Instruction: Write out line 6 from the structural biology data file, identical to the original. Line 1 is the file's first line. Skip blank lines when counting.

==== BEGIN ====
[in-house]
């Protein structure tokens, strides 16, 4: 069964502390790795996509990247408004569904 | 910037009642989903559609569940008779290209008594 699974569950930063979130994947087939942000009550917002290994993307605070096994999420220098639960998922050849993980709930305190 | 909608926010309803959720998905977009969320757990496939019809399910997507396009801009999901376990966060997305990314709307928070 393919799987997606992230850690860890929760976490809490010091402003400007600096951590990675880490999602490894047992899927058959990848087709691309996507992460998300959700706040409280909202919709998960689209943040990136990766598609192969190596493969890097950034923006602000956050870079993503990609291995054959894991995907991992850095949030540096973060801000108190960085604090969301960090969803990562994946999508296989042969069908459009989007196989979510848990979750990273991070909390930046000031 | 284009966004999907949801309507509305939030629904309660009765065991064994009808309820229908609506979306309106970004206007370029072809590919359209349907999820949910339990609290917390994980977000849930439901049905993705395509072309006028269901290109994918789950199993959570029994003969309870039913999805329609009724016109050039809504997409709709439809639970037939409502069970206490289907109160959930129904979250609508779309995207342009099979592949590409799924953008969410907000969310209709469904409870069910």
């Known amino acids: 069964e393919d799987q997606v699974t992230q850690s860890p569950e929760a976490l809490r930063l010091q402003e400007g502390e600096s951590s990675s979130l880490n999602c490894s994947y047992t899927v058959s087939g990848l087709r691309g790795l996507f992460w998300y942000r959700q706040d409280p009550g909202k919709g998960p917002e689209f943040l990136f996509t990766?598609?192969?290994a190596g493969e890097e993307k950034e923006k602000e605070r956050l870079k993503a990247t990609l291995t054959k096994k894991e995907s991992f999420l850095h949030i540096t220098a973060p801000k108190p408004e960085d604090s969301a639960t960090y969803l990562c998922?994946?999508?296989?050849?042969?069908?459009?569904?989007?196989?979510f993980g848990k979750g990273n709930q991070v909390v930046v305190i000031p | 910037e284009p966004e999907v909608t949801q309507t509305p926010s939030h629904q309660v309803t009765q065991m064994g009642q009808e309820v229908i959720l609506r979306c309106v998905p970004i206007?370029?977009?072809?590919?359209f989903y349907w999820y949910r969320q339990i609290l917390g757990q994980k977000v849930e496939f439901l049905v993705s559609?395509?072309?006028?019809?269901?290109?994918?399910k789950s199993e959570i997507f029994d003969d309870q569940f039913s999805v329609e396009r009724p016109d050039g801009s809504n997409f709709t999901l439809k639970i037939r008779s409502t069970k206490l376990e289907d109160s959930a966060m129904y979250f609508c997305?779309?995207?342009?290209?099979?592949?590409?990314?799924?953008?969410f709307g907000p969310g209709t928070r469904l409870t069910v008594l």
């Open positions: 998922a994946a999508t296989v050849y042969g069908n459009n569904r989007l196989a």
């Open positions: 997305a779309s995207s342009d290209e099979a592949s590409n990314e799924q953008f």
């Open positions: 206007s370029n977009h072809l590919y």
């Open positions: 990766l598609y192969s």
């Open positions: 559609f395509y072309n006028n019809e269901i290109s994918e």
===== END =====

């Open positions: 206007s370029n977009h072809l590919y």